Is Cost Sharing the Future of Healthcare?

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The One Valley Healthcare Program is a Medical Cost Sharing Model combined with a preventative care program. Medical cost sharing is an alternative to health insurance in which like-minded people come together and choose to share health care costs. By definition, medical cost sharing is not health insurance. Instead of paying monthly premiums to an insurance company, members share a set amount on a monthly basis and are provided community funds as medical needs arise.  As a result, there is every incentive to keep medical costs to a minimum.

Through this model, members can see healthcare savings up to 60% less than the comparable costs (monthly premium, deductible, and maximum-out-of-pocket) of employee sponsored group health insurance.

The elimination of the Individual Mandate Penalty to enforce the requirement to have health insurance with Minimum Essential Coverage (MEC) provides an opportunity to for consumers research alternative solutions for affordable healthcare. The recently launched One Valley Healthcare Program. brings a MEC preventative plan and cost sharing program to Eagle County individuals and businesses.

Today, there are almost one million members of medical cost sharing plans throughout the United States. Unlike health insurance, where premiums can vary widely within a state (as those in Eagle County well know), the monthly share for medical cost sharing plans is the same for all fifty states.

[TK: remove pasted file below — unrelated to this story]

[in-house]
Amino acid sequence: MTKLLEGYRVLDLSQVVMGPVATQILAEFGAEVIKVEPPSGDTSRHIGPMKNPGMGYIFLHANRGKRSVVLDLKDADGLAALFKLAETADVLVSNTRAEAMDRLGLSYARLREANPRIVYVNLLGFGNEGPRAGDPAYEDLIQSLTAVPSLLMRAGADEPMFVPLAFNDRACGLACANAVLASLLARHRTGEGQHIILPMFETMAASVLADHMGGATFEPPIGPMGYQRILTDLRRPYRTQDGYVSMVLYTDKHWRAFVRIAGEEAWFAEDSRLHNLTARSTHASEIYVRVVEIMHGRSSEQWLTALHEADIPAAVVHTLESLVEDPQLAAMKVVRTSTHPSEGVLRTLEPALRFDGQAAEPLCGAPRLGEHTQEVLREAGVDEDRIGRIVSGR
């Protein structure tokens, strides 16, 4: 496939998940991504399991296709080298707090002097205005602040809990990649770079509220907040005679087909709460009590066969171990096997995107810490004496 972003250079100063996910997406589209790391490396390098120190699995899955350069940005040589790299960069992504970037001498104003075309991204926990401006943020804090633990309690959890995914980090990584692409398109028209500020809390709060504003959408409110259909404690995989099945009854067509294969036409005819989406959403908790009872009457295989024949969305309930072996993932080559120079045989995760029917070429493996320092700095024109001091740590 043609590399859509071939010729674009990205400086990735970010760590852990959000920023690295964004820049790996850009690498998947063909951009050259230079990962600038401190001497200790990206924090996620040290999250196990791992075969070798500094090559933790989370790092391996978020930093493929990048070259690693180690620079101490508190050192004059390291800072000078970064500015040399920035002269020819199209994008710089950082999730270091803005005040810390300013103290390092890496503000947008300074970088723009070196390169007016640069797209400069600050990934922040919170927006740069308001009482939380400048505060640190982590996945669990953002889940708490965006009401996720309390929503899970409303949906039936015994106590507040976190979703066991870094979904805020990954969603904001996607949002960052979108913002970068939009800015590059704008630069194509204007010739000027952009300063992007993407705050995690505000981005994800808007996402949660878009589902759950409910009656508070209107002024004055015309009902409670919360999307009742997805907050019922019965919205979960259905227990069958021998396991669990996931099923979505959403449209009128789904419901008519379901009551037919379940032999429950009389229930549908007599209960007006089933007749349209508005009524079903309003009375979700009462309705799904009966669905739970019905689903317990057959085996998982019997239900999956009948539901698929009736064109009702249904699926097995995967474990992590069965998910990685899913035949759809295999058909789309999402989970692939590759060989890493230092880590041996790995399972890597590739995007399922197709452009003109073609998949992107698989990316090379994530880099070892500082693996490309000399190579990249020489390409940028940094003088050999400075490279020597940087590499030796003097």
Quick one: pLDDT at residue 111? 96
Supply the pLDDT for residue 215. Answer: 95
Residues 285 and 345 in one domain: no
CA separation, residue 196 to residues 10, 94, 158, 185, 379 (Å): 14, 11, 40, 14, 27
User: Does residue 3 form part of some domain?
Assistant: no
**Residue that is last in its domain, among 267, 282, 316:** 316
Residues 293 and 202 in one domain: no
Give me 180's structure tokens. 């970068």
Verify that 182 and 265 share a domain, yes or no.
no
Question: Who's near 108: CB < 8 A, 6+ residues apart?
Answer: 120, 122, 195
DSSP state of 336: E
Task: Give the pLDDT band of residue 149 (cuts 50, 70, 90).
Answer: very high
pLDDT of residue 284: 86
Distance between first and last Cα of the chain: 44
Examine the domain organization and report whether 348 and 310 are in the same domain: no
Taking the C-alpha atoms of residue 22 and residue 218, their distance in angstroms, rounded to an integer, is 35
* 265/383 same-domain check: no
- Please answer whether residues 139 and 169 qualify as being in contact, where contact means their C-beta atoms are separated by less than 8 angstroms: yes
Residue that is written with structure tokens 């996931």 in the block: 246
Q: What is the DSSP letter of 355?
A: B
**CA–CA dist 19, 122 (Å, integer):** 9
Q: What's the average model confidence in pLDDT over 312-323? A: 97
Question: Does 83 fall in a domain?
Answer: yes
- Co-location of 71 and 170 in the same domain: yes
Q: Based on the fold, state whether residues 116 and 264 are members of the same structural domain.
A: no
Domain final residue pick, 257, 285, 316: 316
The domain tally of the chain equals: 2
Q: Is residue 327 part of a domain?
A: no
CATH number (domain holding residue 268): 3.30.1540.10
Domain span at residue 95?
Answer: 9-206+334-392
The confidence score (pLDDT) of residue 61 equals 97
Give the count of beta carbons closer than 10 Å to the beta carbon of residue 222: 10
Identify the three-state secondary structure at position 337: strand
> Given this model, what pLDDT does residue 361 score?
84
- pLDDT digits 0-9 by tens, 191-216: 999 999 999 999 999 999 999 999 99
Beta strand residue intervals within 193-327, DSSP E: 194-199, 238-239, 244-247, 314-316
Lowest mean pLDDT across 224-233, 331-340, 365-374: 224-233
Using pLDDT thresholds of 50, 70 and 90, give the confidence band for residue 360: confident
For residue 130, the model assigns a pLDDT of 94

How does it work?

Cost sharing eliminates traditional insurance marketing expenses; the Affordable Care Act mandated that health insurance companies use a minimum of 60% of health insurance premiums for healthcare costs, or a maximum of 40% of health insurance premiums for marketing and administrative costs. Conversely, health sharing plans are, by definition, benevolent organizations structured for the benefit of their members: For example, Sedera Health deducts 9.9% for administrative costs.

When a member of a medical cost sharing group has a major medical emergency expense, the member pays the Initial Unshareable Amount (IUA) that they selected ($500, $1,000, $1,500, etc.) to the provider with their credit card and requests an invoice for a cash payment for the balance. Simply Google “pay cash for medical bills”. You will find countless articles from numerous reputable publications on how providers will discount their scheduled charges for cash payment. Cash payers pay less according to varied sources including HappyMD, Kiplinger, Consumer Reports, and Wall Street Journal.

In layman’s terms, medical cost sharing plans provide members with the practical means to manage their maximum out-of-pocket expenses for a major medical expense at a fraction of the cost of a group high deductible insurance policy.

Healthcare sharing is not insurance where a premium is paid and the risk of major medical expenses are assumed by the insurance company. In healthcare sharing the patient deals directly with the doctor or hospital (with assistance from the cost-sharing program sponsor) without the interference of an insurance company actuary.

A new model is necessary as health insurance costs in Eagle County and across the mountain region continue to escalate and create increased cost burdens on individuals and businesses. Our recent workforce study indicates the increased impact of health care costs is negatively impacting businesses, and many business do not offer medical benefits to employees. The One Valley Healthcare Program helps change that dynamic – giving businesses and individuals access to a model that is gaining popularity across the country.

Learn more about our local model at


Chris Romer is president & CEO of Vail Valley Partnership, the regional chamber of commerce. Learn more at